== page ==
By Steve Hunley
The Gannett newspapers are heralding the “bipartisan” effort to repeal the signature legislation pushed by Governor Bill Lee and approved by the Tennessee General Assembly – – – the Educational Savings Accounts. Bo Mitchell, a liberal Nashville Democrat, has filed a bill to repeal the ESA legislation in the next session of the legislature. The “bipartisan” aspect of the bill – – – which is co-sponsored by all the Democrats in the state House of Representatives but for one – – – is Bruce Griffey.
Virtually everybody reading this is asking himself or herself, “Who in the world is Bruce Griffey?” Griffey is a first-term Republican from Paris, Tennessee who represents three largely rural counties in the northwestern corner of the state. Griffey is an interesting ally to a slew of largely urban ultra-leftist Democrats as he was the sponsor of some the most controversial immigration bills in last year’s session of the General Assembly. The only Democrat in the House who has not signed onto to Bo Mitchell’s bill is John DeBerry of Memphis, who actually voted for the ESA legislation. Griffey outlined the reasons for his co-sponsoring the repeal of the ESA legislation with a host of urban Democrats, which even the Gannett newspapers labeled a “diatribe.” Mitchell, apparently somewhat practical, distanced himself from Griffey’s reasoning, likely solely for the talking point that the Paris Republican’s co-sponsorship makes the bill appear “bipartisan.”
Griffey claims he believes the ESA legislation would be a playground for “fraud and abuse”, which he illustrated with a theoretical example quoted by the Gannett newspapers. Griffey foresees the likelihood of a parent or parents who purchases a $1300 laptop with ESA money, only to turn around and sell “it for 50 cents on the dollar and pocket[s] $650 cash that could be spent on drugs or alcohol.” No wonder Bo Mitchell moved mighty quick to distance himself from his bipartisan fellow’s reasons for co-sponsoring his bill.
Bruce Griffey also raised the prospect of drug-addicted parents receiving $7300 per child and wondered if that would improve the child’s education?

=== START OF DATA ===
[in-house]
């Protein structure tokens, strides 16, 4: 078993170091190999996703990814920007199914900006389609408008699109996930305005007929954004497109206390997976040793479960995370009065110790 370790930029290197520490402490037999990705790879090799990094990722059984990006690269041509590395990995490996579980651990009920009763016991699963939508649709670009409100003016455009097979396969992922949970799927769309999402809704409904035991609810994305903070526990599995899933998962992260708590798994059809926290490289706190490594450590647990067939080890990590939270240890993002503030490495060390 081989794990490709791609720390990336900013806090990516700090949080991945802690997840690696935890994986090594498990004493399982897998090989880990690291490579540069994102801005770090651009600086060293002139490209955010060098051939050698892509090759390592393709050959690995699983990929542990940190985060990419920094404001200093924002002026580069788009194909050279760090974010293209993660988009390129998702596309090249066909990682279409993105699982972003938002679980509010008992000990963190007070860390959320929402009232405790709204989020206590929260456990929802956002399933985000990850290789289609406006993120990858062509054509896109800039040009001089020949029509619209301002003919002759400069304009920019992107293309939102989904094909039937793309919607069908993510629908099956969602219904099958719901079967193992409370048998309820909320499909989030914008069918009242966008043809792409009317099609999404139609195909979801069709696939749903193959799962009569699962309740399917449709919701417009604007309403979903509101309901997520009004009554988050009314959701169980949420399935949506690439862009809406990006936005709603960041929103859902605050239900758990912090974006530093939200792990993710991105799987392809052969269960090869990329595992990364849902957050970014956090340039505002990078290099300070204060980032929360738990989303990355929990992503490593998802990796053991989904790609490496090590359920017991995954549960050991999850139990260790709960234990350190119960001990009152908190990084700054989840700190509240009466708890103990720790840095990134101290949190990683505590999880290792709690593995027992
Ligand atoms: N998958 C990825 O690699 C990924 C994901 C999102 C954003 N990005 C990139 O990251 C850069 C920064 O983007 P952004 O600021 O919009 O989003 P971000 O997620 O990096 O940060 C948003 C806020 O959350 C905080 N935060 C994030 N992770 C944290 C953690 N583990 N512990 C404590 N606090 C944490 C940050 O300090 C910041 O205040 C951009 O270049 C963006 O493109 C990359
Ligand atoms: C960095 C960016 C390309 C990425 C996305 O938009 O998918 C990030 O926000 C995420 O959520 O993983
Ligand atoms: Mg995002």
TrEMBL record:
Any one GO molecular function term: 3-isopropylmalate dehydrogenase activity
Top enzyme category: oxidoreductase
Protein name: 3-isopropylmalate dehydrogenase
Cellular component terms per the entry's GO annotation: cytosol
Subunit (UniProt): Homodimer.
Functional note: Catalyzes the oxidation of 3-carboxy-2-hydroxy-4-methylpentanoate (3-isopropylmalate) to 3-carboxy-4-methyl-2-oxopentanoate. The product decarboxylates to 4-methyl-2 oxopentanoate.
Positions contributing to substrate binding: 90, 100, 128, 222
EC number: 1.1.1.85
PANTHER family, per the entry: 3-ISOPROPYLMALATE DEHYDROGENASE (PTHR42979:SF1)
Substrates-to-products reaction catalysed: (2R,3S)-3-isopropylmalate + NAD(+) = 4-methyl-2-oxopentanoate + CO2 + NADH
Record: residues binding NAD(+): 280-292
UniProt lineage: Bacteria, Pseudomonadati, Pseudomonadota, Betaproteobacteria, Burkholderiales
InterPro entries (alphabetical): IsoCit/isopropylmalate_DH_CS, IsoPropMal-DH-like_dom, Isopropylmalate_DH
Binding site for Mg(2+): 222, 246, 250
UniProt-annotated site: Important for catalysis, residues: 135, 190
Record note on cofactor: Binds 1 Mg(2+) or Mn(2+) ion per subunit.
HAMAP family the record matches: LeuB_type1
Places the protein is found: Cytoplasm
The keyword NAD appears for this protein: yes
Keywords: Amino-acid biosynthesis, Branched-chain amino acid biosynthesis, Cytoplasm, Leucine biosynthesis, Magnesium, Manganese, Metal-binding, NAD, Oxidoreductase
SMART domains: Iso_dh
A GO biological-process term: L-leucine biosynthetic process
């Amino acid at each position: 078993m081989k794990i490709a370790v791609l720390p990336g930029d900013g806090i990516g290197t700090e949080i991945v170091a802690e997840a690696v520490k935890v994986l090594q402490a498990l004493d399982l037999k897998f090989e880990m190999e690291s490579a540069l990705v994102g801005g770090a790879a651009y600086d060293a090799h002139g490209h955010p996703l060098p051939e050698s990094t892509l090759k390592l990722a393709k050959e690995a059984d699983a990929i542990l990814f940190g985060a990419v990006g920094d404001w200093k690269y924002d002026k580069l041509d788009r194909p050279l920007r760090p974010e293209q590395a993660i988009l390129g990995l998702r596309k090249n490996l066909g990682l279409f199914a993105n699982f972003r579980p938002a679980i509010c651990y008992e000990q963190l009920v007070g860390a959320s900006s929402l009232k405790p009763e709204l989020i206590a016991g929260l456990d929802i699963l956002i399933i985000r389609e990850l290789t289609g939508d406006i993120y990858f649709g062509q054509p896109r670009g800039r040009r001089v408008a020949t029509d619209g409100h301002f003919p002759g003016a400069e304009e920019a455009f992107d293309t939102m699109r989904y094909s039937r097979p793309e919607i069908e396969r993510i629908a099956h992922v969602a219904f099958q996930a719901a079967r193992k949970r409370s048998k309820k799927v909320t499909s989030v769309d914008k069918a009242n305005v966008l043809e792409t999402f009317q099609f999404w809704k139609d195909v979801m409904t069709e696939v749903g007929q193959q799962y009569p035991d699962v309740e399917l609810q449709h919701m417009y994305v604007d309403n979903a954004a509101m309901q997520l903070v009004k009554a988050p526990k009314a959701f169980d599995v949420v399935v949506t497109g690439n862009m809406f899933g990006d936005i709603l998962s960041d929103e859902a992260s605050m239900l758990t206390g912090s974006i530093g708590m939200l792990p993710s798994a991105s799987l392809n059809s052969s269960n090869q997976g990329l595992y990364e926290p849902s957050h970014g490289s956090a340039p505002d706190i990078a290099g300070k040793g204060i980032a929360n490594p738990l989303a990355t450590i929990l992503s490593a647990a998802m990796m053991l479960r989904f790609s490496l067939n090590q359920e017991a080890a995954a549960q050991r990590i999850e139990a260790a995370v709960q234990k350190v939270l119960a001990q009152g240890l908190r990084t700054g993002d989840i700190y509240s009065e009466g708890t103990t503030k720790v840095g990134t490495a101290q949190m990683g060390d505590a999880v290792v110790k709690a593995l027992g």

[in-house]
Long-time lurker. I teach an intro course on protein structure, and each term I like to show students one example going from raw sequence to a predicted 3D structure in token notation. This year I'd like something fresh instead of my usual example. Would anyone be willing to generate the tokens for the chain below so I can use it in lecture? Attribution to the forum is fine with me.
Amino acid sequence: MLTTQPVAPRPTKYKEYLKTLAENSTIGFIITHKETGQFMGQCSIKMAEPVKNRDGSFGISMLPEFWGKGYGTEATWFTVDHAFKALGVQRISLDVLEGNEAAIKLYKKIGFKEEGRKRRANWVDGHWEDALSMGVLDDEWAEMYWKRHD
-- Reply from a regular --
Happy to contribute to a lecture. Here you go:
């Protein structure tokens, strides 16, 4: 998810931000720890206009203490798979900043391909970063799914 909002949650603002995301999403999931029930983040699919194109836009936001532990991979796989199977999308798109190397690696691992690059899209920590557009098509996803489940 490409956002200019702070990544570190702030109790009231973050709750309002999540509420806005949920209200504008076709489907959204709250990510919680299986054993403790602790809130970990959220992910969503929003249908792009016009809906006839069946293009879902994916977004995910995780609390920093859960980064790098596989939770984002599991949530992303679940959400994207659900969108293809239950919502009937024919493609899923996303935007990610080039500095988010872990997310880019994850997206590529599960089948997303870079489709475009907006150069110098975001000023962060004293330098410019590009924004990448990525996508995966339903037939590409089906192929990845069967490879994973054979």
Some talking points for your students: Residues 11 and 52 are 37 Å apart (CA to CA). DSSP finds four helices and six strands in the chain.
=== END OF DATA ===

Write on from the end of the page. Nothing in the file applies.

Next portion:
Griffey also speculated the state money could be used to pay for tuition to “Islamic or other religious schools”, God forbid.
As appalling as some of Griffey’s views are, I suspect his true reason for signing onto the bill to repeal the ESA bill has more to do with politics and personal pique. After the last session of the Tennessee General Assembly, Bruce Griffey lobbied hard for his wife Rebecca to be appointed to a vacant Chancery Court seat. Griffey sent the governor a handwritten note stating, “I would be forever in your debt” if his wife were given the appointment.
The appointment was the prerogative of Governor Bill Lee. If Griffey is outdone by anyone as to be outspoken in his views, it might very well be by his wife. The process calls for three names to be forwarded to the governor who has the right to reject all the proposed appointees, or appoint someone recommended by the selection committee. Rebecca Griffey was not one of the three people recommended to Governor Lee for the judgeship. According to press reports at the time, when his wife was not one of the three top contenders, an email was sent from Griffey’s account stating Lee “will gain in popularity if you pick Rebecca, and lose support in the district if you go with someone else. I know this district – – – please trust me in this.” In a letter sent to gubernatorial aide Lang Wiseman, Griffey complained if his wife failed to be appointed it would be nothing less than “a gross miscarriage of justice.”
Rebecca Griffey took to Facebook to vent her outrage over the governor’s failure to appoint her to the bench. “Today was a big slap in the face to longtime, dedicated Republicans who have devoted blood, sweat, tears and money for years to the Republican cause,” Mrs. Griffey pecked out.
The governor appointed Huntingdon attorney Jennifer King to the Chancery Court judgeship and West Tennesseans were astonished when she resigned literally days later. King said accepting the judicial appointment was one “of the worst decisions” of her entire life.
Perhaps the biggest reason Jennifer King resigned the Chancery Court judgeship was because State Representative Bruce Griffey and his wife finagled changing the way the judicial nominee would be selected in 2020 when the seat would be up for election. Apparently the five counties in the judicial district will have a caucus instead of a primary.
It is certainly true Bruce Griffey originally voted against the ESA legislation when it was first considered, but I cannot help but believe his co-sponsorship of the repeal bill has as much to do with political revenge as anything. It sure has nothing to do with statesmanship.
The Democrats in the legislature are welcome to Bruce Griffey and his wife, too, for that matter.